Creating a fairer Britain
Judicial review is a procedure by which a person who has been affected by a particular decision, action or failure to act of a public authority may make an application to the High Court, which may provide a remedy if it decides that the authority has acted unlawfully. Judicial review is concerned not with the merits of the decision, but whether the public body has acted lawfully.
A public authority may be acting unlawfully if it has made a decision or done something:
If the court finds that the public authority has acted unlawfully, it, may:
Damages are rare and not automatically awarded as in county court or in employment tribunal cases, as the court may think that one of the other remedies is more appropriate. They are more likely to be awarded where there has been a breach of the Human Rights Act.
There is a 3 month deadline for making an application for judicial review, from the date of the act or omission that is being challenged, although there is an obligation on the person wishing to make an application to act promptly.
The Commission has a power to institute judicial review proceedings in matters of relevance to its functions including where a public authority has breached the general equality duty. Judicial review cases in respect of equality duties (i.e. the existing equality duty or previous duties) concern whether or not a public authority has paid / had due regard to the general equality duty when: making a decision, acting or failing to act. The key question tends to be the weight given to the duty when the decision was made, or the act or failure to act occurred.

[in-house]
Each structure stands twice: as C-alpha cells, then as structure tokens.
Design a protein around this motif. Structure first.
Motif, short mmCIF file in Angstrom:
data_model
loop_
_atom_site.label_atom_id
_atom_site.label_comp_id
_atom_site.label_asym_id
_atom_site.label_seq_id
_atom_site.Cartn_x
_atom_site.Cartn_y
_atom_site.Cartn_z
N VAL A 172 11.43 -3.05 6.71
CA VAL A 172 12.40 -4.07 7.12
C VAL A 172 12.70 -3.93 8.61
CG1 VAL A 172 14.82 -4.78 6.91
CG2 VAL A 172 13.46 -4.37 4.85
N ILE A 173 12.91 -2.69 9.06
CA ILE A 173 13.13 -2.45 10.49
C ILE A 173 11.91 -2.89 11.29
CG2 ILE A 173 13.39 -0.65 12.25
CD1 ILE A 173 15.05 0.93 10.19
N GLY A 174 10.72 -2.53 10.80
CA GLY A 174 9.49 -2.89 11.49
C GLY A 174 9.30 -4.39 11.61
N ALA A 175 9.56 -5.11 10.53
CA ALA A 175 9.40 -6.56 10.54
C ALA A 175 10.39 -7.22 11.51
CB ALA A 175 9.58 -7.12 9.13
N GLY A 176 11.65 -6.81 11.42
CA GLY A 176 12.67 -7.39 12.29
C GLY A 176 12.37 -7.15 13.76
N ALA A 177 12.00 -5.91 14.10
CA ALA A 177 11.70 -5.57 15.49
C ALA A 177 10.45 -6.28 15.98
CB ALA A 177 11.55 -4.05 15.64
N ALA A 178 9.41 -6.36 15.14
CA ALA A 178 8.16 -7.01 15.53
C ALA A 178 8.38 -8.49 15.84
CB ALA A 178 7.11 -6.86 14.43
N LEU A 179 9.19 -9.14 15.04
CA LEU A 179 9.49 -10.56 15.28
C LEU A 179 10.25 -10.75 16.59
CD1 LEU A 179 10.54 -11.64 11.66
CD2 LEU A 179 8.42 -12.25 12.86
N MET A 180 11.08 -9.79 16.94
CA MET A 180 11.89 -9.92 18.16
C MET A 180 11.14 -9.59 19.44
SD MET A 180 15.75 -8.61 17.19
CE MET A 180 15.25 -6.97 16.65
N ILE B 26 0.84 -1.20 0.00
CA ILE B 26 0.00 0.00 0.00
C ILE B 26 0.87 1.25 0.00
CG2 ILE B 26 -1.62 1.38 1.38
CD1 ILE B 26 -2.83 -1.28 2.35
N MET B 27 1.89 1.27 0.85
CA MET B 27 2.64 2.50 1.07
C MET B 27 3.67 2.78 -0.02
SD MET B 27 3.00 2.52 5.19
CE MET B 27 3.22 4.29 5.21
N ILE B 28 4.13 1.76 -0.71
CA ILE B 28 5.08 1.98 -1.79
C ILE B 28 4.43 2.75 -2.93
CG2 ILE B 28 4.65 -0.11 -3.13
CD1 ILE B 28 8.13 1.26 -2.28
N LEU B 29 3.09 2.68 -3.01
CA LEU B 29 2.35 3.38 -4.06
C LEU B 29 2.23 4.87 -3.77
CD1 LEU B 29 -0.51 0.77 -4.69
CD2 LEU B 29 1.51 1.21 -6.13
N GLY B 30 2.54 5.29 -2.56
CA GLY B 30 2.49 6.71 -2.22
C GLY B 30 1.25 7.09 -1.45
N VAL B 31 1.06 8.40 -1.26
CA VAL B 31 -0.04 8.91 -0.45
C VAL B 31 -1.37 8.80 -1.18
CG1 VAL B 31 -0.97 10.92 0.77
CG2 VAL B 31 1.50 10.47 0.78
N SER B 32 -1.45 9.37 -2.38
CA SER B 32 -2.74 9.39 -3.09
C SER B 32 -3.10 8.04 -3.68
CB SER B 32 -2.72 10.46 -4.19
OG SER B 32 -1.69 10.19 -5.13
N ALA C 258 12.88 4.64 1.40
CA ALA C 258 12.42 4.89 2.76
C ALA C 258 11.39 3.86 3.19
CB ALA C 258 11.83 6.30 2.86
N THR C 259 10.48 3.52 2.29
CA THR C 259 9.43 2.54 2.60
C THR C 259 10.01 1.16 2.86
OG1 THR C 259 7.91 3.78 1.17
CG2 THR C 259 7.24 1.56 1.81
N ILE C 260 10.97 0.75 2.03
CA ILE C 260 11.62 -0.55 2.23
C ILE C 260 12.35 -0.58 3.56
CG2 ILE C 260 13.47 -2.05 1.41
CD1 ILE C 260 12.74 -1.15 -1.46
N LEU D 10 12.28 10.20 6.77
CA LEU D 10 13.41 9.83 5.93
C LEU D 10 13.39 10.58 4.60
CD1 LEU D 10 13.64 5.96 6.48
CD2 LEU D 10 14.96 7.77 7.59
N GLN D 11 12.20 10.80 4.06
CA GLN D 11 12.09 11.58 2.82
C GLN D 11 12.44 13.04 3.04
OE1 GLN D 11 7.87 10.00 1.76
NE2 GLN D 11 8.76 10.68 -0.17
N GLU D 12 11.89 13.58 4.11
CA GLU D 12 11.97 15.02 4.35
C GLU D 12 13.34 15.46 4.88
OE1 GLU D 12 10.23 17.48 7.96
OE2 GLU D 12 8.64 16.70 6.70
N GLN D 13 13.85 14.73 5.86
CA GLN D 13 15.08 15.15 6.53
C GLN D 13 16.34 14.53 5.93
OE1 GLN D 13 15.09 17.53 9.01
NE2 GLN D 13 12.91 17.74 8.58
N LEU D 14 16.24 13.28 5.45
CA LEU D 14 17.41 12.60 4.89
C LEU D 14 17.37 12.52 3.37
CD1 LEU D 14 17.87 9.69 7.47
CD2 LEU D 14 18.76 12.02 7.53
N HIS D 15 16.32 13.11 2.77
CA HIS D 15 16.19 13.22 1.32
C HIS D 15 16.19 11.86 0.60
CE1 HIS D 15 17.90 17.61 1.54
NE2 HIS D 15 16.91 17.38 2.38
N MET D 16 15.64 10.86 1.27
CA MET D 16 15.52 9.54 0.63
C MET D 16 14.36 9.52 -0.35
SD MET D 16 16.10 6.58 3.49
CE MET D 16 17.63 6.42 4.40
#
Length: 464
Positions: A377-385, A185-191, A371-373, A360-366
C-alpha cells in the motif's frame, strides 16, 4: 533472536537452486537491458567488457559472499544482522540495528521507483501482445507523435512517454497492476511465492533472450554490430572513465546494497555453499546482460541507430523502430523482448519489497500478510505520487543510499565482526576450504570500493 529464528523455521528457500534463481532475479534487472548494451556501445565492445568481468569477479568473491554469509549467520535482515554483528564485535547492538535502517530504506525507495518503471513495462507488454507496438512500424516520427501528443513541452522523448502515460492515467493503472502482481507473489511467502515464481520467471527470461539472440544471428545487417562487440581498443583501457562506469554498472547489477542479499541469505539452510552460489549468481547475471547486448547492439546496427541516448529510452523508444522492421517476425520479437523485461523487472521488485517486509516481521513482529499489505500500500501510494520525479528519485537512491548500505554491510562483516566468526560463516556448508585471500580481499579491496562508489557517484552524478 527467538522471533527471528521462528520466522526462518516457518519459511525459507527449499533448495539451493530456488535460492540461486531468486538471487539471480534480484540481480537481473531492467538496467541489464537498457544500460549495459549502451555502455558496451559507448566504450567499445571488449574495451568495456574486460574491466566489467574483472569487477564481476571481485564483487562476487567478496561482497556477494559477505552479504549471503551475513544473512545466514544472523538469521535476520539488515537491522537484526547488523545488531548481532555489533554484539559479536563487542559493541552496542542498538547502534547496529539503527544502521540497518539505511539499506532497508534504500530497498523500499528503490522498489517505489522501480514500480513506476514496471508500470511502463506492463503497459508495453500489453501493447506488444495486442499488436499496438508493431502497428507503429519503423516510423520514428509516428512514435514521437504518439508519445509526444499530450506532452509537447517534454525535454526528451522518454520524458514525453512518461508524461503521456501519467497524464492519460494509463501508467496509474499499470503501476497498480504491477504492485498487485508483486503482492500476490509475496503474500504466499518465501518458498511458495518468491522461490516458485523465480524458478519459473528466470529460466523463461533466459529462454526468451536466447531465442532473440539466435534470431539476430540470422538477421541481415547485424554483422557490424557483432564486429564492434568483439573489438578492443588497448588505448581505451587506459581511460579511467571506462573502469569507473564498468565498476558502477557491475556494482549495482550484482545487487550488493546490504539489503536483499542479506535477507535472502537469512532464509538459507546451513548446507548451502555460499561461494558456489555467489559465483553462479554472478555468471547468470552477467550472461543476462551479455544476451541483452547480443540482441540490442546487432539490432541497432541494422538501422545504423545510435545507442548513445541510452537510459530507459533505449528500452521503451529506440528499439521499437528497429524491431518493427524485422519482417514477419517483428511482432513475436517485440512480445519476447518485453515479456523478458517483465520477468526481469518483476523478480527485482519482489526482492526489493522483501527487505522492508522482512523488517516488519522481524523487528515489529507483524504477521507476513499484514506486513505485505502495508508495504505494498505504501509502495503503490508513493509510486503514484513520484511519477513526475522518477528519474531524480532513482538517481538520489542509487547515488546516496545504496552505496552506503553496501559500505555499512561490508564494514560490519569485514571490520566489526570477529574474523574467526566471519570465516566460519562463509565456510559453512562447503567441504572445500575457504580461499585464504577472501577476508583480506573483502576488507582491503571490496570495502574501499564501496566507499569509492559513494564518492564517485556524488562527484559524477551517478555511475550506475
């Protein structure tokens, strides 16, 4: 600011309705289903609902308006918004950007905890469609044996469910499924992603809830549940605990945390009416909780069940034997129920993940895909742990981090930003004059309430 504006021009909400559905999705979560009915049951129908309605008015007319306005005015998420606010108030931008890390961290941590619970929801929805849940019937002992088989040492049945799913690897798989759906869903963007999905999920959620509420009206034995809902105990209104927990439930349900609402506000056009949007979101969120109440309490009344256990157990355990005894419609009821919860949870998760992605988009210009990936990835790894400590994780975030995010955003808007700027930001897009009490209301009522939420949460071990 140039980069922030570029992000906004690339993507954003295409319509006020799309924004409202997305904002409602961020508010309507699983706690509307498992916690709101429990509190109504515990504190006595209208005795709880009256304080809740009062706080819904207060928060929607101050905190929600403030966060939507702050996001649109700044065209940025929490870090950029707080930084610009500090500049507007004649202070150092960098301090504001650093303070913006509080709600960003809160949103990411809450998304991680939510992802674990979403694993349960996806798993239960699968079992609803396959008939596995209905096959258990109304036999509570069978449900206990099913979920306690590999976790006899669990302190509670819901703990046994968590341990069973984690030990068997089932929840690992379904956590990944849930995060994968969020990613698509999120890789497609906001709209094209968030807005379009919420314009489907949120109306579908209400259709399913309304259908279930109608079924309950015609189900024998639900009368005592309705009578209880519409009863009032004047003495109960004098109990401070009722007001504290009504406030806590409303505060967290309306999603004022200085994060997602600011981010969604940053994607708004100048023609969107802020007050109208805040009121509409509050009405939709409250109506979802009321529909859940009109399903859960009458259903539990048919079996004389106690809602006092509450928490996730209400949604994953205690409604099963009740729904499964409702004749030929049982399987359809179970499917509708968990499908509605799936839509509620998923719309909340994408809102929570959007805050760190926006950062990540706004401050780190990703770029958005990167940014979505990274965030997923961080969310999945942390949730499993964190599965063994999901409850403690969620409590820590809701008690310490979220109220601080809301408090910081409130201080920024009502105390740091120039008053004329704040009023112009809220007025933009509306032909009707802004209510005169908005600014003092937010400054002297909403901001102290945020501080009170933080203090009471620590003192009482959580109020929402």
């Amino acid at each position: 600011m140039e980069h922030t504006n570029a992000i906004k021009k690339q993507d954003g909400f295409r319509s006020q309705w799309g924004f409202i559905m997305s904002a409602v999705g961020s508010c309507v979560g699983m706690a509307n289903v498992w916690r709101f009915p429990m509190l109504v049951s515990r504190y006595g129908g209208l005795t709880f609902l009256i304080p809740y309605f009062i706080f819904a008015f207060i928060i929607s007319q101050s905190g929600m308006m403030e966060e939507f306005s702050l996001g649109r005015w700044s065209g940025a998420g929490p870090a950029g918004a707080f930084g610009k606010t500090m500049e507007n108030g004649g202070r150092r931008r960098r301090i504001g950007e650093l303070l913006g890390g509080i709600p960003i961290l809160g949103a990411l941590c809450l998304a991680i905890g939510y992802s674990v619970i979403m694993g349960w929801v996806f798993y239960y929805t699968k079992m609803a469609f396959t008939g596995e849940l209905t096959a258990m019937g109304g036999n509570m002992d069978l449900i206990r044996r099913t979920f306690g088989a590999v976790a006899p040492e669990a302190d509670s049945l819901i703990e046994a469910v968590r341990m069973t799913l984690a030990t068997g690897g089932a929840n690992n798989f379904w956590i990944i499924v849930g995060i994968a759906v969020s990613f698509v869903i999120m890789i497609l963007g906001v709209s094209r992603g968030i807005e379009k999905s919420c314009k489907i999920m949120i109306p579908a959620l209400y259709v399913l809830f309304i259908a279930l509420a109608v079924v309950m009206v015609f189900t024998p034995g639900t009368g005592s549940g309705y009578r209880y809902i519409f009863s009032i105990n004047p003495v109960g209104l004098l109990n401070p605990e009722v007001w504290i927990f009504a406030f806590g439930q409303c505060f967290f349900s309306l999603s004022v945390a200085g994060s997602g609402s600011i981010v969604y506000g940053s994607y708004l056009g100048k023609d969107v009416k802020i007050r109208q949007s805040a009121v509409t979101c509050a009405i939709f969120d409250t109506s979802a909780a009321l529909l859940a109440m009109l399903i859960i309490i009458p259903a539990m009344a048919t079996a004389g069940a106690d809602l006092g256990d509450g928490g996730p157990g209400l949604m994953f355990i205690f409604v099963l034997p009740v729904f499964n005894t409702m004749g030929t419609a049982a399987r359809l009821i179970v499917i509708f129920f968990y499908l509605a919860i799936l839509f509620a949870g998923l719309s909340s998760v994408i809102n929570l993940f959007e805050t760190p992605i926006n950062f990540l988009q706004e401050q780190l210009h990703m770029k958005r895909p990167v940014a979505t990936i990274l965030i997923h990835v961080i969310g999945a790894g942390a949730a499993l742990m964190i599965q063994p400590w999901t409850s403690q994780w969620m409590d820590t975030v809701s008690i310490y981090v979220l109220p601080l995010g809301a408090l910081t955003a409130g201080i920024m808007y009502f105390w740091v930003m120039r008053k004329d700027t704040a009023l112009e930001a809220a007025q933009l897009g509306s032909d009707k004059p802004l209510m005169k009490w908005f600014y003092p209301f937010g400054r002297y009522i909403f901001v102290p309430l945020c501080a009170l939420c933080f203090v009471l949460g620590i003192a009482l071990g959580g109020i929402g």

To date, the issues which have come before the courts have included:
The Commission is not always in a position to comment on what is happening in current legal cases. This is particularly the case if it is engaged in discussions about out-of-court settlements. These may include agreeing actions which the public authority can take to improve the way in which it works.
Because there have now been a significant number of judicial review cases concerning equality duties, it is possible to identify some general principles which the courts will apply when they are considering a case of this nature. However, the courts have the authority to develop or modify these principles as new cases come before them.
From the cases to date, it is clear that the equality duties are taken very seriously by the Courts. They stress:
This information should not be relied upon if you are contemplating judicially reviewing a public authority. It has been written to give a general outline of the subject and is not intended to replace professional legal advice. If you are thinking about the possibility of beginning judicial review proceedings against a public authority, you should seek advice from a qualified solicitor with suitable experience in judicial review.
Further information on judicial review procedure and the administrative court can be found on Her Majesty's Courts Service website.